News Around the World

Beer for Dogs?

A husband and wife team who own a couple of bars in Texas have just launched a hot new item: cold beer for dogs.

While the concept of popping open a cold one for your furry friend wasn’t theirs to create, Megan and Steve Long have certainly upped the ante with their Good Boy Dog Beer.

According to The Houston Chronicle, the Longs started brewing a chicken flavored concoction they called Mailman Malt Licker, but now their canine line has two others: the pork-based Lot in the Yard, and the veggie-based Session…squirrel!.

While each are non-alcoholic — booze is bad for dogs — the brews are made with Fido-friendly ingredients like chicken, turmeric, carrots, basil, ginger and fennel.

Their Good Boy Beer was a hit, and although it’s being sold in 15 watering holes around Texas, they’re getting orders from across the country. “Everyone likes the idea of having a beer with their dog, you know?” says Steve, 41.

The whimsical idea began when the pair began cooking at home for their Rottweiler Rocky, when he started having digestive issues. They started experimenting with brewing at a friend’s home, and after finding a place to can the stuff, the first cans started rolling off their shelves — at a recommended price of $5 a can.

The pair has the right idea, the newspaper notes, quoting the American Pet Products Association statistics that say pets in the U.S. are a $72 billion business in 2018, and growing fast.

News Around the World

National CD Release of “Women At War”

Twenty-six military veterans. Eighteen women veterans and two Gold Star family members supplying heart-wrenching testimony. Seventeen talented songwriters. Sixty-four professional musicians and singers. Thirteen engineers working in recording studios in five states. Forty-nine women and 46 men in supporting roles. In total, “Warrior Songs Vol. 2: Women At War” was produced by 95 deeply caring people. 

Warrior Songs is a non-profit organization based in Madison, Wisconsin. Their mission is to facilitate healing amongst United States military personnel, veterans and those working with veterans by using songwriting and the arts as vehicles. The fifteen song compilation CD, “Women At War” is the second release from their “Story to Song” program, which is designed to transform buried experiences and feelings into a song that heals and entertains while it also educates, motivates and inspires.

 “Women At War” will drop on November 10, 2018 and will be available at iTunes, Amazon, CD Baby and all major online retailers, as well as at the Warrior Songs website. Warrior Songs CD’s are made available free of charge to veterans across the country. With the release of “Women At War” the emphasis will be placed on getting them into the hands of women veterans.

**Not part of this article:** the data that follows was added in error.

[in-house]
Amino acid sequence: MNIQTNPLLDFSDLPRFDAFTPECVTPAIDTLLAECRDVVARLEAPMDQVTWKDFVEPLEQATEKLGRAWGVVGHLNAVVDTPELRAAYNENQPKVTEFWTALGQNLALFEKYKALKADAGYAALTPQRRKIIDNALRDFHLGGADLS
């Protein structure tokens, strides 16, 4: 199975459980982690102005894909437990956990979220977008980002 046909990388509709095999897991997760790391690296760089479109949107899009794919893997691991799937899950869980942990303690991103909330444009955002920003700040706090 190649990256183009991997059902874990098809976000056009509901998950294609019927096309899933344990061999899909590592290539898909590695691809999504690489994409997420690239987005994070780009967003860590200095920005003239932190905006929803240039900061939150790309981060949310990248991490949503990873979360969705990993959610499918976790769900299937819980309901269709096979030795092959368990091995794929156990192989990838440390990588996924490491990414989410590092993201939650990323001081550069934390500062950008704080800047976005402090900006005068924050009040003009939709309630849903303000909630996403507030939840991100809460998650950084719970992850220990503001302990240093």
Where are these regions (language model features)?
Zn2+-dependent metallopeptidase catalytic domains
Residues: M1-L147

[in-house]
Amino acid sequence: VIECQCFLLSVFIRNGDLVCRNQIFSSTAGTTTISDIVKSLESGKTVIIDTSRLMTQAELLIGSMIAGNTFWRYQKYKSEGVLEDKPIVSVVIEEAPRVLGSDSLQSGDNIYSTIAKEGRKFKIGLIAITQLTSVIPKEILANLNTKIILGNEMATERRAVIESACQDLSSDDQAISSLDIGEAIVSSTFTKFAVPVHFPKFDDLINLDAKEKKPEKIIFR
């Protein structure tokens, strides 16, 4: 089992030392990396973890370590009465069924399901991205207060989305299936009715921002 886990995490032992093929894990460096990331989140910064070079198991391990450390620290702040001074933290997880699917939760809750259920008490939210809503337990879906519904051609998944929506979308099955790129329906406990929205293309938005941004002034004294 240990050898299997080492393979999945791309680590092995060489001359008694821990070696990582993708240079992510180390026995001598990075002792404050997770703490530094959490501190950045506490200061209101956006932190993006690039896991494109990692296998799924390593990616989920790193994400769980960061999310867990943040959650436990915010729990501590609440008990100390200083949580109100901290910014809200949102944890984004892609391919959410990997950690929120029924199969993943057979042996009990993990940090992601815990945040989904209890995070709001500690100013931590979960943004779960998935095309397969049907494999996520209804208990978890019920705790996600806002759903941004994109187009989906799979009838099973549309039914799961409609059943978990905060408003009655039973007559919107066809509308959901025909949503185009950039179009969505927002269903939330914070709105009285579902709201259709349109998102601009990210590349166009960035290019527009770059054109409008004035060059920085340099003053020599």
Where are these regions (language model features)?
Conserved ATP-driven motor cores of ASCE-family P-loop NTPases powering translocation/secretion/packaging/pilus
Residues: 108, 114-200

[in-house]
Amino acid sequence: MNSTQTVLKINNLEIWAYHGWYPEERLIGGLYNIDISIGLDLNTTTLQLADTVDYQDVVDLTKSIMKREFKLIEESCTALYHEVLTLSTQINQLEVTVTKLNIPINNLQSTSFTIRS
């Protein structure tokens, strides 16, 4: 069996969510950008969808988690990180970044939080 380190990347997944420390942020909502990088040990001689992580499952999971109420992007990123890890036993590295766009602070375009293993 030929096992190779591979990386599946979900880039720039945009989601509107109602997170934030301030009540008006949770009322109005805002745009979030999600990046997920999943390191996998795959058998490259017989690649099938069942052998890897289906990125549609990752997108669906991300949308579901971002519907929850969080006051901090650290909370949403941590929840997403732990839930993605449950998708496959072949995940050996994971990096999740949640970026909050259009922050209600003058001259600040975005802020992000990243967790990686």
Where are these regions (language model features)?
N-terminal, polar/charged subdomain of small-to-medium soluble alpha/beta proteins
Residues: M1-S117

Women have been serving our country in uniform since its founding, both in combat and non-combat roles. But women now make up over 15% of our current military, leaving family behind to go overseas and serve their country. Women veterans endure all the usual combat trauma of their male counterparts: physical injury, PTSD, TBI.  Often they also carry the additional trauma of rape and Military Sexual Trauma (MST). Once home they are expected to quietly leave that trauma behind and pick up the pieces of a life that is now instead forever changed by the experience. 

Warrior Songs collects stories for its Story To Song program in a variety of ways: at songwriting workshops, testimony submitted to their website, and through personal encounters on Warrior Songs outreach trips across the country.  The veterans are paired with songwriters to develop a song of self-expression and healing. Once approved by the veteran, the song is taken to a recording studio and performed by established musicians to become the latest Warrior Songs CD release. First-hand testimony has been gathered from women vets since 2011.

 The process itself can be difficult for both veterans and their songwriter. Linda McClenahan postponed becoming a nun, choosing to “first give three years of my life to serve my country in Vietnam”. There she was gang raped by three of her fellow soldiers. She says she joined the Story to Song program to help others who have experienced the same thing. “We can’t heal such deep traumas alone. I wanted to let women know there is life after MST, but don’t try to do it alone.”

 McClenenahan’s songwriter, Madison, Wisconsin’s Shawndell Marks says, “I wanted to do the song justice, to give this story nuance. I almost quit music because of this song!” The result, “Sister Sarge”, illustrates how anger and pain can evolve into a new personal mission.

 Through its workshops, retreats and CD releases, “Warrior Songs seeks to educate the public and veteran’s communities about veteran’s issues like PTSD, MST and other war traumas”, says founder Jason Moon. “Helping veterans to turn the destructive force of war into something meaningful and beautiful allows them to reclaim hope and joy as important forces in their lives.” 

The Warrior Songs “Story to Song” program produces a CD compilation every two years, each focusing on a different aspect of returning military veteran’s stories. Work has already begun on 2020’s Vol. 3 release, which will feature songs from Vietnam era vets.

 Warrior Songs founder Jason Moon and some of the “Women At War” vets, musicians and songwriters are available by phone, Skype or email for interviews. Media staff can also request downloads of songs from Warrior Songs.